First of all, I’ll say that I recognized this territory immediately; these dark places definitely exist. The book Nine and Half Weeks (upon which the movie was based) was a true story. The woman to whom this strange affair happened was not as … well. either courageous or addicted as Maguire’s heroine Sarah. At the nine-and-a-half-week mark, she checked herself into a mental hospital. Her story ends with this statement (paraphrased): “I’ve had several relationships with men since, nice, healthy normal ones based on mutual respect. But during sex, I feel nothing: and I have not had an orgasm since.” Weeks is a quarter of the length of Beast, and contains very few graphic scenes. Yet it is just as disturbing as Beast is. So, I would say that no, it isn’t necessary to graphically describe every act in order to tell a story of sadomasochistic sexual obsession.

However, Beast is fiction, and it has a main character (and author) with something to prove. Sarah believes that her sadomasochistic relationship is true love, which she defines as soul melting into soul with the meeting of bodies (Shakespeare’s “beast with two backs”). The author claims, in the notes appending the story, that what she was trying to convey was utter passion, a reckless abandon to love. Well, that’s what addiction is, too—an abandonment of everything else to the one thing: drugs, alcohol, or sex. (NB: addiction ruins the addict for normal pleasure; like the Weeks author who couldn't enjoy sex anymore, the dry alcoholic has no fun at parties.) The author never manages to convince me that Sarah is the strong, resolute, self-determined Jane Eyre-like heroine she wants her to be. That penultimate paragraph observation that Sarah knows “in some deep, unexamined corner of herself … that this dark, messy, inexplicably beautiful entanglement [is] a choice” is too little, too late. There have been too many descriptions of desperation, and loss of control, and degradation; if there is a choice here, it's the addicts choice, which is to use or not. So on this level, I’d say all the graphic stuff actually got in the way of the novelist’s purpose.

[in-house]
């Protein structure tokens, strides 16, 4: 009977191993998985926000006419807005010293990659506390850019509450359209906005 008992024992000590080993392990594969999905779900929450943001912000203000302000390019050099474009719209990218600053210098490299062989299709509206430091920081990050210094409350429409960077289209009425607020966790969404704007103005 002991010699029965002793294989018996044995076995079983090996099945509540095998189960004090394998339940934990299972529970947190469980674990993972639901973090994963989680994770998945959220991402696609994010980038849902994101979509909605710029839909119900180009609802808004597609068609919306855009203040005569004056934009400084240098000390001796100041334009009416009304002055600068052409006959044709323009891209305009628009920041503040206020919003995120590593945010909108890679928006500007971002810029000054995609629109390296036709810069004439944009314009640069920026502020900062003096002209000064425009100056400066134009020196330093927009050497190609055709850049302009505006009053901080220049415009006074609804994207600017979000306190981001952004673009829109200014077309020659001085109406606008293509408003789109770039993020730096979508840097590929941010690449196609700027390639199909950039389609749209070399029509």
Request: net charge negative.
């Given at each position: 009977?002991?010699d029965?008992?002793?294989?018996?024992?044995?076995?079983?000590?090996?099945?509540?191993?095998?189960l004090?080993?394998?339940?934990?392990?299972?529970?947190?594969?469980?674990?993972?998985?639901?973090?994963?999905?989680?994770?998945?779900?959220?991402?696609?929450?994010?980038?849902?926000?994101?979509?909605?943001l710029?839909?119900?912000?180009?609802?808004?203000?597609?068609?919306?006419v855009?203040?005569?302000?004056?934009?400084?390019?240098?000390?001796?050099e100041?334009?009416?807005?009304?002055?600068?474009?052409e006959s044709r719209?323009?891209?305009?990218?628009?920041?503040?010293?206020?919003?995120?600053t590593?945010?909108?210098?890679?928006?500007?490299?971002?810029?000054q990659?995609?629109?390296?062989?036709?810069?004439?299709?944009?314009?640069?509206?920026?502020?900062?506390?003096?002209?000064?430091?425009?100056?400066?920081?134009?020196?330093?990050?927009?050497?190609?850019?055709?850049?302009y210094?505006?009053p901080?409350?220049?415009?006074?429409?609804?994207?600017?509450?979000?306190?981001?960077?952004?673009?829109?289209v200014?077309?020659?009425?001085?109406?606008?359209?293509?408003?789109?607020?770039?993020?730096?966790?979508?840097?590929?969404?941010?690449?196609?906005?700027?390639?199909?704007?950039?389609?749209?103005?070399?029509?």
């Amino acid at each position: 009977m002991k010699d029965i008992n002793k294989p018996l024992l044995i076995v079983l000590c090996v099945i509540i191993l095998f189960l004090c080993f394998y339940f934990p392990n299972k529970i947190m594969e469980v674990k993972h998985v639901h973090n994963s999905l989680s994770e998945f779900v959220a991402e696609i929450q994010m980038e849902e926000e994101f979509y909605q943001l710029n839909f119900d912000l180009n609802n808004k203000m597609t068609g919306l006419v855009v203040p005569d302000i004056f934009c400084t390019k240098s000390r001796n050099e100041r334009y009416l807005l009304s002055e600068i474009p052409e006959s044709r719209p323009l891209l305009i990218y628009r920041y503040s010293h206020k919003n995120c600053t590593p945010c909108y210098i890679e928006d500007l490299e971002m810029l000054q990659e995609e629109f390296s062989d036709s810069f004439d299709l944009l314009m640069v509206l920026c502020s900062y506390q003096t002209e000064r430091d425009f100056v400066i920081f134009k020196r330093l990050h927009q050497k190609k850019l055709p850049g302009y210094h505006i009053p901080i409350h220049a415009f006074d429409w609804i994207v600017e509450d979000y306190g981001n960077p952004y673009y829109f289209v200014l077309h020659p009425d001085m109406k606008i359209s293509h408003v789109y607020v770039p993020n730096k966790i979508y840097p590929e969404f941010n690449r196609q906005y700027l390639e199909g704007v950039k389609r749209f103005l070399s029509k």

One more observation: I found it interesting that the author kept having Jamie, the main male character, describe Sarah as pretty, even in the depths of depravity. This was somehow supposed to convince us that Sarah's behaviour wasn't sad and desperate, like it is when ugly girls are easy. Hm. Note that Charlotte Bronte made her heroine very definitely "plain."

Thursday, November 16, 2006


I'm Actually Working

It's wonderful when work and pleasure converge. A new job I'm engaged in puts me back to reading children's literature for work purposes—yay!

Porch Lies by Patricia C. McKissack (Schwartz& Wade/Random House, 2006) threw me for a bit—I couldn't understand why the author was putting so many layers between me and the story. Each tall tale ("porch lie") in this collection is based on the author's recollection of a real person's porch lie (I assume that's what the credit is for); then, it is presented as if told by a (created) character in the book, and sometimes, the character is telling a story he or she heard from someone else. After several tales, though, I got it: all these layers were creating a wonderful mood of urban-legend "reality": "this actually happened to my next-door-neighbour's cousin." The illustrations—half-tones, I guess—are equally real/not real. I loved it!

It was time to read an Avi title I've avoided. Nothing But the Truth (Orchard, 1991) calls itself a "documentary novel," a description that didn't appeal to me; but a co-worker raved about it. The story is told in memos and conversations. In it, a ninth-grade boy takes an attitude in his disappointment over not making the track team because of a failing grade; the attitude leads to actions, the actions to reactions and before he quite knows what is happening, the boy has been bitten on the backside. The title refers to the spin that each person involved puts on the facts; it's actually the spin—which he began—that makes the whole situation wobble out of the boy's control. It's very deft.

Graphic novels, graphic novels. Here's a cute one: The Clouds Above, by Jordan Crane (Fantagraphics, 2005). A little boy is late for school, and, terrified of repercussions from a nasty teacher, escapes to the roof: there he finds a stairway to the clouds. A lovely little adventure that takes him back to where he started, but better. There's lots of pink and pale blue and bright yellow in this. Throughout, the boy is carrying volume P–Q from what I assume is an encyclopedia: I wonder what happened when he carried N–O?